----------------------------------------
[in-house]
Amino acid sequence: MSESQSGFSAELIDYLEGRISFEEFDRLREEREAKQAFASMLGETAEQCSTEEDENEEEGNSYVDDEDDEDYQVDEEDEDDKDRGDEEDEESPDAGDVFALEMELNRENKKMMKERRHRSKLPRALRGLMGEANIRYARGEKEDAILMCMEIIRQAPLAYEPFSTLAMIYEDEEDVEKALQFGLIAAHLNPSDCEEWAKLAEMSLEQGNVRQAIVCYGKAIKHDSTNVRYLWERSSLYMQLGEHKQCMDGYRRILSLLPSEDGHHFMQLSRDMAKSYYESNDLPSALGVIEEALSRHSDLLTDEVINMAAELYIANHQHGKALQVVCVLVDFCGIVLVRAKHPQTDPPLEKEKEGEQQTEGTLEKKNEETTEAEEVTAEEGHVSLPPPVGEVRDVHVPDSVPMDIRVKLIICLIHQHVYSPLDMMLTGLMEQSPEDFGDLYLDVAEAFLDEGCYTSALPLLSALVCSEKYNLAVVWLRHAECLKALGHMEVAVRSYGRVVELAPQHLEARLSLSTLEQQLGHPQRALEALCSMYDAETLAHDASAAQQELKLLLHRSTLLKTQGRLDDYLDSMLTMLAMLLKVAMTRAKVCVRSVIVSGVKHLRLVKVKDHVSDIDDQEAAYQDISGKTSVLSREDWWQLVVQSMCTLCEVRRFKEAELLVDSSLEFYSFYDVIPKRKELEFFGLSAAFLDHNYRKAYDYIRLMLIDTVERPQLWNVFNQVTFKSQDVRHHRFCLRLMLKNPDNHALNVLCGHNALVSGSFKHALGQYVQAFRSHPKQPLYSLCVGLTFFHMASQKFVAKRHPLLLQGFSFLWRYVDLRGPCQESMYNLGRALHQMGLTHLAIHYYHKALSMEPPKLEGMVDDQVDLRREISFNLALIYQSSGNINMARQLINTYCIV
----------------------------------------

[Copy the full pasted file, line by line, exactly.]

[in-house]
Amino acid sequence: MSESQSGFSAELIDYLEGRISFEEFDRLREEREAKQAFASMLGETAEQCSTEEDENEEEGNSYVDDEDDEDYQVDEEDEDDKDRGDEEDEESPDAGDVFALEMELNRENKKMMKERRHRSKLPRALRGLMGEANIRYARGEKEDAILMCMEIIRQAPLAYEPFSTLAMIYEDEEDVEKALQFGLIAAHLNPSDCEEWAKLAEMSLEQGNVRQAIVCYGKAIKHDSTNVRYLWERSSLYMQLGEHKQCMDGYRRILSLLPSEDGHHFMQLSRDMAKSYYESNDLPSALGVIEEALSRHSDLLTDEVINMAAELYIANHQHGKALQVVCVLVDFCGIVLVRAKHPQTDPPLEKEKEGEQQTEGTLEKKNEETTEAEEVTAEEGHVSLPPPVGEVRDVHVPDSVPMDIRVKLIICLIHQHVYSPLDMMLTGLMEQSPEDFGDLYLDVAEAFLDEGCYTSALPLLSALVCSEKYNLAVVWLRHAECLKALGHMEVAVRSYGRVVELAPQHLEARLSLSTLEQQLGHPQRALEALCSMYDAETLAHDASAAQQELKLLLHRSTLLKTQGRLDDYLDSMLTMLAMLLKVAMTRAKVCVRSVIVSGVKHLRLVKVKDHVSDIDDQEAAYQDISGKTSVLSREDWWQLVVQSMCTLCEVRRFKEAELLVDSSLEFYSFYDVIPKRKELEFFGLSAAFLDHNYRKAYDYIRLMLIDTVERPQLWNVFNQVTFKSQDVRHHRFCLRLMLKNPDNHALNVLCGHNALVSGSFKHALGQYVQAFRSHPKQPLYSLCVGLTFFHMASQKFVAKRHPLLLQGFSFLWRYVDLRGPCQESMYNLGRALHQMGLTHLAIHYYHKALSMEPPKLEGMVDDQVDLRREISFNLALIYQSSGNINMARQLINTYCIV